Quilt museums help preserve the heritage of quilts and the stories of quilt makers, by offering a place for admirers to see quilts, textiles, garments and tapestries in a gallery setting. But many quilt museums in the U.S. take it a step further by offering education and enrichment opportunities which can help carry on the legacy of quilting in America and around the world. Here is a rundown of some of the top quilt museums in the U.S., by region.
Note: Many quilt museums across the U.S. have been forced to adjust their hours or close their doors in a changing economy, so make sure you call ahead to confirm before planning a visit.
Quilt Museums in the Midwest
1. Located in Lincoln, NE, the International Quilt Study Center & Museum, housed at the campus of the University of Nebraska-Lincoln, is home to the world’s largest public collection of quilts. Founded in 1997 with a single donation of 950 quilts, the museum now features more than 3,200 quilts from 24 countries. Some of the permanent collections at this quilt museum include more than 90 Amish crib quilts, a rare collection of doll quilts, and exhibits featuring French and African-American quilts. The university offers a Master’s Degree in Textile History, and the quilt museum’s collections can be browsed at the museum’s online catalog.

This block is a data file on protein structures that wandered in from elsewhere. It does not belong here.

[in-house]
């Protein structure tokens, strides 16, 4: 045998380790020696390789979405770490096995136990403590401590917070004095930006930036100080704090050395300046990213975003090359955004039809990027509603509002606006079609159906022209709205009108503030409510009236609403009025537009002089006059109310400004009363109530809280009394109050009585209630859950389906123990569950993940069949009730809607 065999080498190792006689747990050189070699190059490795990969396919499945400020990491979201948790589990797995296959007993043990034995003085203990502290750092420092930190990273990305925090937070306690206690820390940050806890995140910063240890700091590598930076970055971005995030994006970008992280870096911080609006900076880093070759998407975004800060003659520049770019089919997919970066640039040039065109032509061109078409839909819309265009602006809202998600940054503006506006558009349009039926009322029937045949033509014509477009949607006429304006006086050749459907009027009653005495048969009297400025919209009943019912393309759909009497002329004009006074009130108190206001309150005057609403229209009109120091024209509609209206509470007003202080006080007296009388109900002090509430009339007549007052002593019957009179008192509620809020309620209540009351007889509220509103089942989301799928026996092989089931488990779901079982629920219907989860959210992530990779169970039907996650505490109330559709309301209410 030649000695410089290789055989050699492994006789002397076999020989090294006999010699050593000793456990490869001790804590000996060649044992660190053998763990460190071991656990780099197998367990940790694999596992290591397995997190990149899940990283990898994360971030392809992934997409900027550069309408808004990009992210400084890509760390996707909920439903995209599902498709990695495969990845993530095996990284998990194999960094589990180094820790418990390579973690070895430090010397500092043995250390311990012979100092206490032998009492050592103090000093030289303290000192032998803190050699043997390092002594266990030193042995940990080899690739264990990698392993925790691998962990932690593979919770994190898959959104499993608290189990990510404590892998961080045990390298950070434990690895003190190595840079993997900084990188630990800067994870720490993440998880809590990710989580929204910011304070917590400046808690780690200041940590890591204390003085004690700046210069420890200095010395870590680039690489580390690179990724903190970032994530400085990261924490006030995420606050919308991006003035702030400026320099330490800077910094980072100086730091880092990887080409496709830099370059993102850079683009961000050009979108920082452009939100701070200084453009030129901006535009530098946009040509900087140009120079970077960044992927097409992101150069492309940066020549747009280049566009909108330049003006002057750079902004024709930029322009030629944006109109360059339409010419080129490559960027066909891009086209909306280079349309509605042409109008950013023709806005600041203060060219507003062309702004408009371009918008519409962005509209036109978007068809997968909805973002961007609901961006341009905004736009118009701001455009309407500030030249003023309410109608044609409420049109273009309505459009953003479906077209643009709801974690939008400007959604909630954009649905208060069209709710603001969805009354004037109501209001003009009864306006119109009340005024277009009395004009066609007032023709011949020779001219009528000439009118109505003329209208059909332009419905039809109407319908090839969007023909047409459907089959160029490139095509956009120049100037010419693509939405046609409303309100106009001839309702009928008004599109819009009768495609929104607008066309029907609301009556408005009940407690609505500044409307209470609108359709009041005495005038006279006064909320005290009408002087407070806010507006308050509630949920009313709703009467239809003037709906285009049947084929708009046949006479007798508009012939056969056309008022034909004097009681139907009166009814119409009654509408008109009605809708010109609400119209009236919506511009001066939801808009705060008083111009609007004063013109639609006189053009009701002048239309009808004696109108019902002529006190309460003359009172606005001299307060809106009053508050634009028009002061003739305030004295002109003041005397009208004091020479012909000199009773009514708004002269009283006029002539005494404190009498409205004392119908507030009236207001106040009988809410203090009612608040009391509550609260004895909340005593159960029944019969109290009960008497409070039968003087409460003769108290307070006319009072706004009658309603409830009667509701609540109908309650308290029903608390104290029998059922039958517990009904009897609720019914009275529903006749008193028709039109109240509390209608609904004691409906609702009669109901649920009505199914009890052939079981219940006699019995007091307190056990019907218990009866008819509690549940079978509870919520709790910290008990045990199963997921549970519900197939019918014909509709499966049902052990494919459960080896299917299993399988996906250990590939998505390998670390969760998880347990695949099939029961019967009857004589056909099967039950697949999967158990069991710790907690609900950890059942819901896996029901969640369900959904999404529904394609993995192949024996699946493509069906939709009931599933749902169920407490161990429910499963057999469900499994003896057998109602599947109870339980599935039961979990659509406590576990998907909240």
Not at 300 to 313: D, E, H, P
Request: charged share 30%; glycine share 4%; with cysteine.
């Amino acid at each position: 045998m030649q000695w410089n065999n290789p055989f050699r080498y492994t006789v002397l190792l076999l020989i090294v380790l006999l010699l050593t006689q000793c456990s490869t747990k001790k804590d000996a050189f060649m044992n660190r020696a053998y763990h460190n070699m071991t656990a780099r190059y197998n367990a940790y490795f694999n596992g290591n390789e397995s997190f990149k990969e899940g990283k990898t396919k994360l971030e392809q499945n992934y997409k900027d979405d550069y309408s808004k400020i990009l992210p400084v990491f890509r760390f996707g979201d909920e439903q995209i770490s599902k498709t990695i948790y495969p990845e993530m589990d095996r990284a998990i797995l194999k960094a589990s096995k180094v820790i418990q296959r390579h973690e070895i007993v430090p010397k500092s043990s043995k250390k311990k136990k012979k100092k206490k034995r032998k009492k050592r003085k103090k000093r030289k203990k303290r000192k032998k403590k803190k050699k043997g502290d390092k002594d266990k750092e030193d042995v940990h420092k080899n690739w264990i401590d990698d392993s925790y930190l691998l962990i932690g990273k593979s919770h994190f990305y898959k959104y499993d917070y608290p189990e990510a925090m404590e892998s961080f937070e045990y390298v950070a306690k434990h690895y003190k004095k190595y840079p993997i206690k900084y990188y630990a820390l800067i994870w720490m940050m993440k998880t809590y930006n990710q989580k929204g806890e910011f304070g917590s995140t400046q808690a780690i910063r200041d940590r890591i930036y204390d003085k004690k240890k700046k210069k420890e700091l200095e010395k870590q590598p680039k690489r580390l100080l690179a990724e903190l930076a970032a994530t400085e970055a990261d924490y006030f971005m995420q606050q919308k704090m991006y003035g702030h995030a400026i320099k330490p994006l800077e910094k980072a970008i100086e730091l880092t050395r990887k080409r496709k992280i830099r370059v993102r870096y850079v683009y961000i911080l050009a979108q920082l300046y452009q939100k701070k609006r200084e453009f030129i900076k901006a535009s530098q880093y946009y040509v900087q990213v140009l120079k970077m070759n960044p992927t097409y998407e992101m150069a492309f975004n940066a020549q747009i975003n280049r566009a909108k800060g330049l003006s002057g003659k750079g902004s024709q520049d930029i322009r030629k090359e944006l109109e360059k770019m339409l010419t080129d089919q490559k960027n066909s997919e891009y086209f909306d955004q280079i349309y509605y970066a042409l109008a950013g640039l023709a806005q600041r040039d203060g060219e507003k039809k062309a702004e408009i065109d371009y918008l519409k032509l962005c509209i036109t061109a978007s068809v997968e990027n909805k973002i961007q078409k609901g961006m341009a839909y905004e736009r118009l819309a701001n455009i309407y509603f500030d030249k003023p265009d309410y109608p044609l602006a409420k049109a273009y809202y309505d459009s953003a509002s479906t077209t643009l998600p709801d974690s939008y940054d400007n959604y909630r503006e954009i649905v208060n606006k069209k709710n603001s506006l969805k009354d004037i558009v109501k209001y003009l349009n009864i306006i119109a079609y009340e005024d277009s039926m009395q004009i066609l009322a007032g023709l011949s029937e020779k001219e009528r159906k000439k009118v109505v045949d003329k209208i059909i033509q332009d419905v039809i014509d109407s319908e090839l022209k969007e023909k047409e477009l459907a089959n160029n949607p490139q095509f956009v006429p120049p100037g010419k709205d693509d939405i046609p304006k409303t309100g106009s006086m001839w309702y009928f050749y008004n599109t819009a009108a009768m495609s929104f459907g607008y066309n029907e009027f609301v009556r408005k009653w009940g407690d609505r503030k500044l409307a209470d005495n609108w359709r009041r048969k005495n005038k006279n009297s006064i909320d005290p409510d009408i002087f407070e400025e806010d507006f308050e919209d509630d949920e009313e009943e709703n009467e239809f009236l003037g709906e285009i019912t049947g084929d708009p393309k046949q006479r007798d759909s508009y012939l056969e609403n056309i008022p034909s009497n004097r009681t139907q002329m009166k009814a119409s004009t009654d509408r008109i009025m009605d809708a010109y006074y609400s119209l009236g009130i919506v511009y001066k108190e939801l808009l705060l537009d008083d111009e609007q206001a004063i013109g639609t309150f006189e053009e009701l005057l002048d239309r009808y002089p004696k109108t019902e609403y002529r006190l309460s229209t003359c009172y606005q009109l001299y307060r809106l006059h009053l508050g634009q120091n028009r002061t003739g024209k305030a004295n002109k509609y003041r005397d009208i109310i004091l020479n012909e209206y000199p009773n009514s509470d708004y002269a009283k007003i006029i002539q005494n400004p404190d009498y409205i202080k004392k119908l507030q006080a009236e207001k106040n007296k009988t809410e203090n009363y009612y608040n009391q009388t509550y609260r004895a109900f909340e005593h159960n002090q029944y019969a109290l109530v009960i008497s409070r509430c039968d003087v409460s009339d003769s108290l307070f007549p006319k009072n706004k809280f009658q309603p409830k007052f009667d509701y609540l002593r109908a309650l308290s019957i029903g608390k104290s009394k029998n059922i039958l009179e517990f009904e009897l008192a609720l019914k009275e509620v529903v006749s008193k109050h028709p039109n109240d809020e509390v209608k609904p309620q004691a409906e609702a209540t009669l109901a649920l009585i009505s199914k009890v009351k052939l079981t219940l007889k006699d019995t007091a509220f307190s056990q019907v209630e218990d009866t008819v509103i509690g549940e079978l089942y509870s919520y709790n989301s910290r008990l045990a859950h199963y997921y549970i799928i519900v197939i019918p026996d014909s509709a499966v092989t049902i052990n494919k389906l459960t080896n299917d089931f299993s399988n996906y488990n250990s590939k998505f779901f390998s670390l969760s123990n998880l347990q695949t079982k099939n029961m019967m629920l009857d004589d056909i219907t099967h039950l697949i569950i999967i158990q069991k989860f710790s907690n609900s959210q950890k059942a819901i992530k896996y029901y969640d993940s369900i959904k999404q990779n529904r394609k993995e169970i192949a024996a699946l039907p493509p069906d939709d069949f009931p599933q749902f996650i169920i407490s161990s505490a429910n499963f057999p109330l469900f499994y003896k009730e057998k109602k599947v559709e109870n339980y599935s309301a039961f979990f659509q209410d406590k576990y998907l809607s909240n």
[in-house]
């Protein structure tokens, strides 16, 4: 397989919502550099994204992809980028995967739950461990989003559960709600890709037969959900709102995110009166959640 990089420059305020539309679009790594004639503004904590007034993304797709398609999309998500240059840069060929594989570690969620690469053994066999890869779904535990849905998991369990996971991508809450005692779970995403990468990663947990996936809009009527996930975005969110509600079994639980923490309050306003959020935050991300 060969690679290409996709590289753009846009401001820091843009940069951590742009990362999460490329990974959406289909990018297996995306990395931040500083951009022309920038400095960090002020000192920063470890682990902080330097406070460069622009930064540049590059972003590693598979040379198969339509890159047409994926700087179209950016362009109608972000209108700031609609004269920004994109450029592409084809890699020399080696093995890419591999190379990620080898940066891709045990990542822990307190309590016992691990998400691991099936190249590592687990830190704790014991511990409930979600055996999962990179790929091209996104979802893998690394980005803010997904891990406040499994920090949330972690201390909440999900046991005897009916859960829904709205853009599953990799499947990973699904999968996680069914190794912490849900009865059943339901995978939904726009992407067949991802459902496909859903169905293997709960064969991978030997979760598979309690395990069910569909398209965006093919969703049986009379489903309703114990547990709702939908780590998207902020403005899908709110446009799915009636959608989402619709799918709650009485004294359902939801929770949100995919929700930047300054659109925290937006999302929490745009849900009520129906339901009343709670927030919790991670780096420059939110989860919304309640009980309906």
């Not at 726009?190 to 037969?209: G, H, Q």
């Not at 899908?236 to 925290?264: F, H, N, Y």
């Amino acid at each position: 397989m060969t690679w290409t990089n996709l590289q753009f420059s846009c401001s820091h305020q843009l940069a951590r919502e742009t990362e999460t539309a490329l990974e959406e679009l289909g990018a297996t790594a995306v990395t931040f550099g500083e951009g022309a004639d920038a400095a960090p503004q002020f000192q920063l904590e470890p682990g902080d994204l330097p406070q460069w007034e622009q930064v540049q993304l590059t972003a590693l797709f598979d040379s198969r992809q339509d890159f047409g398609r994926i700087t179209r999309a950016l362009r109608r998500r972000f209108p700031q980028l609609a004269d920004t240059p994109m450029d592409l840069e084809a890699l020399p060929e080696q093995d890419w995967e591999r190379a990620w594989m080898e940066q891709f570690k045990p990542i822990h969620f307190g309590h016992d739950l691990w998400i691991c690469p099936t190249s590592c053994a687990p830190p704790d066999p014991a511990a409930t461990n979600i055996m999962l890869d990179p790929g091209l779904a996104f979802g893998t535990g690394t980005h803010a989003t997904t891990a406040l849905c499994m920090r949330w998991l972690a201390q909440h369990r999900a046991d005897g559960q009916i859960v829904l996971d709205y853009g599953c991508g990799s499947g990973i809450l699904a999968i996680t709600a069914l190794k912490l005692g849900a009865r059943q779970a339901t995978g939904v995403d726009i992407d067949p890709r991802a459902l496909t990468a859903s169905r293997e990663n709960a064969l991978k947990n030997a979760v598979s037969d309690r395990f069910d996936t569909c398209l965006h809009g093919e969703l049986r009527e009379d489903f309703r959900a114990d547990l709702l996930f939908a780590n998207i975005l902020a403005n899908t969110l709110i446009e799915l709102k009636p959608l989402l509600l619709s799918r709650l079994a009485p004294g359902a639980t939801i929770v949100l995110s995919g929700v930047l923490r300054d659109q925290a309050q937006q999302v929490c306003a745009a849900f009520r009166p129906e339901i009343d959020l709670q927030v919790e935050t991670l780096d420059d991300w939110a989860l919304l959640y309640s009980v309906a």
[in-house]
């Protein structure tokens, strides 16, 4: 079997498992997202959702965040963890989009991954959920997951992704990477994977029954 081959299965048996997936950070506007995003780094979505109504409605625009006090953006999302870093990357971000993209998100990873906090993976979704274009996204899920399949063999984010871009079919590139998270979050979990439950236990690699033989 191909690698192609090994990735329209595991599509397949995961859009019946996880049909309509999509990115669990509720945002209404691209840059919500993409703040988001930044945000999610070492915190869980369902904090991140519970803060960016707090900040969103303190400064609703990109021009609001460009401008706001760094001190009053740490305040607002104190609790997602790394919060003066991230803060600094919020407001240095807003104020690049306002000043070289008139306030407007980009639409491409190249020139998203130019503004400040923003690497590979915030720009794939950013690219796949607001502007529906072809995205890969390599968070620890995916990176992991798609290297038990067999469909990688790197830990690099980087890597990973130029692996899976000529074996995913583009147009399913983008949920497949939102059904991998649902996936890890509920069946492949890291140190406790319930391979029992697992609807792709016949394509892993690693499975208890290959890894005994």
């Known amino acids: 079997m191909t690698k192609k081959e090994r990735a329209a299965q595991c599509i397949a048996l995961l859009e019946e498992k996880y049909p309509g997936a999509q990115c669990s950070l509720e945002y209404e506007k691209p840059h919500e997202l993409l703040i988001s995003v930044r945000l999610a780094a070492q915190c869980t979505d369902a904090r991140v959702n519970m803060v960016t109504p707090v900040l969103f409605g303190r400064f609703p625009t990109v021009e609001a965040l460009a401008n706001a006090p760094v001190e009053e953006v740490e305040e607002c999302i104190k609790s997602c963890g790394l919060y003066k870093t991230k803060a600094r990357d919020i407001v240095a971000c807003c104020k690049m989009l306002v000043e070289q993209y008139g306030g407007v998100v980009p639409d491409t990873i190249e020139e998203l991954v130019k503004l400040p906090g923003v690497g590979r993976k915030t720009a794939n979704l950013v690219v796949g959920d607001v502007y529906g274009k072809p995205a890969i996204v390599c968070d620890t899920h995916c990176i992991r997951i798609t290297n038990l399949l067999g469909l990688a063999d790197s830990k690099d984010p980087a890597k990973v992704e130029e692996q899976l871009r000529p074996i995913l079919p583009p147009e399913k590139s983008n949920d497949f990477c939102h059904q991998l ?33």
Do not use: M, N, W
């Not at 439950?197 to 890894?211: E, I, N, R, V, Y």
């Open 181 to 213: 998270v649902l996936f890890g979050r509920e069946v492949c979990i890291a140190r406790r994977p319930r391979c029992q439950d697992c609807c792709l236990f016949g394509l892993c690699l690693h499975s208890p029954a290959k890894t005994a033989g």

2. The Quilter’s Hall of Fame and Marie Webster House in Marion, IN is a historic home turned non-profit organization, dedicated to recognizing outstanding quilters. Although tours are closed for the winter, the museum is open throughout the rest of the year with exhibits on quilts and their makers. The museum’s namesake, Marie Webster wrote the first book of quilt history in 1915, called Quilts: Their Story and How to Make Them. Her home is listed on the National Register of Historic Places.
3. Although the museum just opened its newly renovated barn location in 2011, the Wisconsin Museum of Quilts and Fiber Arts in Cedarburg, WI began in 1988, with a group of local quilters who were dedicated to quilt history and preservation. Today, the museum houses over 200 vintage sewing machines as well as the Joe and Mary Koval Collection of 27 vintage quilts and a large collection of 18th and 19th century fabrics, valued at a half-million dollars.